Vijay Boyapati

Publication date
Friday, 24 Aug 2012

“The free flow of information through the internet is as historic as the creation of the printing press, and will have a much bigger impact on raising living standards around the world,” says MSI science graduate Vijay Boyapati. Boyapati considers his five years spent working as a software engineer for Google to have been like “having a front row seat to history”.

Originally from Canberra, Boyapati initially moved interstate to study medicine as an undergraduate student but quickly realised that his passion lay with mathematics and computer science. He returned to his hometown to study at MSI because of its reputation as a “world class research institution in the sciences”. Boyapati thrived as an undergraduate and pursued mathematics and computer science to an advanced level. He particularly enjoyed being in the company of “intelligent and driven” people.

“It’s a naturally stimulating environment and I was especially privileged to be invited to the Distinguished Scholar Programme and a number of summer scholarships which allowed me to pursue my interests in computer science and mathematics at an advanced level.”

Boyapati’s honours thesis involved creating an algorithm to automatically organise large volumes of online news articles with minimal human intervention. This research came at a very exciting time in the internet revolution of the late 1990s, and ultimately led to Boyapati being offered a position with Google News when the globally recognised company was still in its infancy.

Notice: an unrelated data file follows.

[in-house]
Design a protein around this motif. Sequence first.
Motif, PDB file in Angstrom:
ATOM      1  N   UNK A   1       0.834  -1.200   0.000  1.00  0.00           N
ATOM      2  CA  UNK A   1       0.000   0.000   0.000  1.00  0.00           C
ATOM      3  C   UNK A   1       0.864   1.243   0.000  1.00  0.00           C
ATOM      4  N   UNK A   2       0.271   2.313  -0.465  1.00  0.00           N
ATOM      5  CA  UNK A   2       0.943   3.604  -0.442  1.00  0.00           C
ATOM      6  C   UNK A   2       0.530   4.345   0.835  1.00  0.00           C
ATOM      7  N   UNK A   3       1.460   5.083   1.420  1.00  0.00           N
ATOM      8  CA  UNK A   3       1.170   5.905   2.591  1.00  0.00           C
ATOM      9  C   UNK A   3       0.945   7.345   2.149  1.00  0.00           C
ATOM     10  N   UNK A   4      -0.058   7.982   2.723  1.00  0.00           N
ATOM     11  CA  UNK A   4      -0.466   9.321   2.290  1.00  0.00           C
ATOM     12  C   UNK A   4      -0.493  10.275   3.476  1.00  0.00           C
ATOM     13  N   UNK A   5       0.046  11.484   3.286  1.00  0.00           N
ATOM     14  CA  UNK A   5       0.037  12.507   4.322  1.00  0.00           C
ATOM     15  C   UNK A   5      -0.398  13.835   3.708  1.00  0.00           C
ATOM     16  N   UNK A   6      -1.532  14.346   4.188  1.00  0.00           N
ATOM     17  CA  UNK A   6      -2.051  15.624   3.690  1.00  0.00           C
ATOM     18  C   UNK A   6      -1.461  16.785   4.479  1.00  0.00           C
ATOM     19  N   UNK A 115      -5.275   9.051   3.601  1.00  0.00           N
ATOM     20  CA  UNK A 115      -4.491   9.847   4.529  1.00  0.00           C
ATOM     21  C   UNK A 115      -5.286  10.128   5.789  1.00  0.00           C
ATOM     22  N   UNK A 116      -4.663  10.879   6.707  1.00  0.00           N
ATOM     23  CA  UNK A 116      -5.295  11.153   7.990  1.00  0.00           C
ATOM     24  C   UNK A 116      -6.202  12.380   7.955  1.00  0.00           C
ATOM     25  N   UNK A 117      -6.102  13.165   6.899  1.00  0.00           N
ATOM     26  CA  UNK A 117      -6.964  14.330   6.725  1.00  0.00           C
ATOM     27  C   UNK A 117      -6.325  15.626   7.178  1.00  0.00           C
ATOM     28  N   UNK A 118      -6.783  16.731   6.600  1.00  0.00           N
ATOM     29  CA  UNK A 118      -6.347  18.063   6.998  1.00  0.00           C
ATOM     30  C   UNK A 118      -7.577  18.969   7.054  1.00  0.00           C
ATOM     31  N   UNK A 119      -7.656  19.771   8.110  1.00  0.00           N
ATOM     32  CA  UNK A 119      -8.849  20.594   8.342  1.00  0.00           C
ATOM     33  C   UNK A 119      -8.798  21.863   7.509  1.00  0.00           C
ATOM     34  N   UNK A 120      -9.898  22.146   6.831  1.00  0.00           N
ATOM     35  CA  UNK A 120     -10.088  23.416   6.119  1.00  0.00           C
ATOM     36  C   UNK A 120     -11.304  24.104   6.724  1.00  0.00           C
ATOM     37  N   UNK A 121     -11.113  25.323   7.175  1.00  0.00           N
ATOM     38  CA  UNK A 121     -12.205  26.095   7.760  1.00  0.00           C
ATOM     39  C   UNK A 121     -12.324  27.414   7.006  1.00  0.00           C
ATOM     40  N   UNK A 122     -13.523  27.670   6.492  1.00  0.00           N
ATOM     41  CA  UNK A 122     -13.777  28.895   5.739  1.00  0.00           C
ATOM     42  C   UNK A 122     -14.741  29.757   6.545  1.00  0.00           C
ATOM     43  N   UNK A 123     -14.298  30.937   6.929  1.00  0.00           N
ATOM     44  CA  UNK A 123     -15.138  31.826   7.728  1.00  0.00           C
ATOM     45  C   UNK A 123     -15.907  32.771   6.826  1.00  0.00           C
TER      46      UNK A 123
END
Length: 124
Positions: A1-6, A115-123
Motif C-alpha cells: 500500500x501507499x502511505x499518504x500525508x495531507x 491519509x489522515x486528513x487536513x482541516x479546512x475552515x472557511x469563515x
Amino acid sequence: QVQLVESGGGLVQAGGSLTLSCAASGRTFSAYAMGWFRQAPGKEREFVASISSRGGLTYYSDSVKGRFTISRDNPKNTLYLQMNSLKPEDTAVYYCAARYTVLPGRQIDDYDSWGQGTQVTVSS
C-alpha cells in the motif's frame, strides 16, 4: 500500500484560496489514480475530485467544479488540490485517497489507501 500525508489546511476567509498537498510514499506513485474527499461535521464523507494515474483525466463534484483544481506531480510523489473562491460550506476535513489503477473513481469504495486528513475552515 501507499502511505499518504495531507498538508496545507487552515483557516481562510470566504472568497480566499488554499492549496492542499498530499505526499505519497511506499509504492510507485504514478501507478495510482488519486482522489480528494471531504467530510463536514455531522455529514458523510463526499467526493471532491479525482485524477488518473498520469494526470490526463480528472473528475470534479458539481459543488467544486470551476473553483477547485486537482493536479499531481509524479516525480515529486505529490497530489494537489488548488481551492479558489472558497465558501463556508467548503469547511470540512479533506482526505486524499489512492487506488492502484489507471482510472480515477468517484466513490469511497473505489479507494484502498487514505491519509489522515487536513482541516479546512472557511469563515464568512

At Google News, Boyapati also worked on the clustering system, which is essentially an algorithm that groups related articles together. The result is the clusters of diverse media sources that you see on the front page of Google News, which offers the reader different perspectives on a news story.

Now a highly successful software engineer, Boyapati acknowledges that the opportunities he was given as an undergraduate at MSI were “unlikely to have been available at most other institutions” and recognises that his Mathematics professors were “some of the best teachers I’ve had in my life”.

Boyapati is currently pursuing his interests in economics, and is developing an analysis of whether the current economic cycle will lead to a period of monetary deflation or inflation. Though not an economist by training, he believes that a deep proficiency in mathematics provides the capacity to advance the state-of-the-art in other fields. Boyapati explains: “The most important aspect of being in school is learning how to think critically, and how to find and assimilate information pertinent to the job you will eventually be doing. MSI is a great place to hone these skills, and these skills will ultimately be a lot more important than the final qualification any student receives from their university.”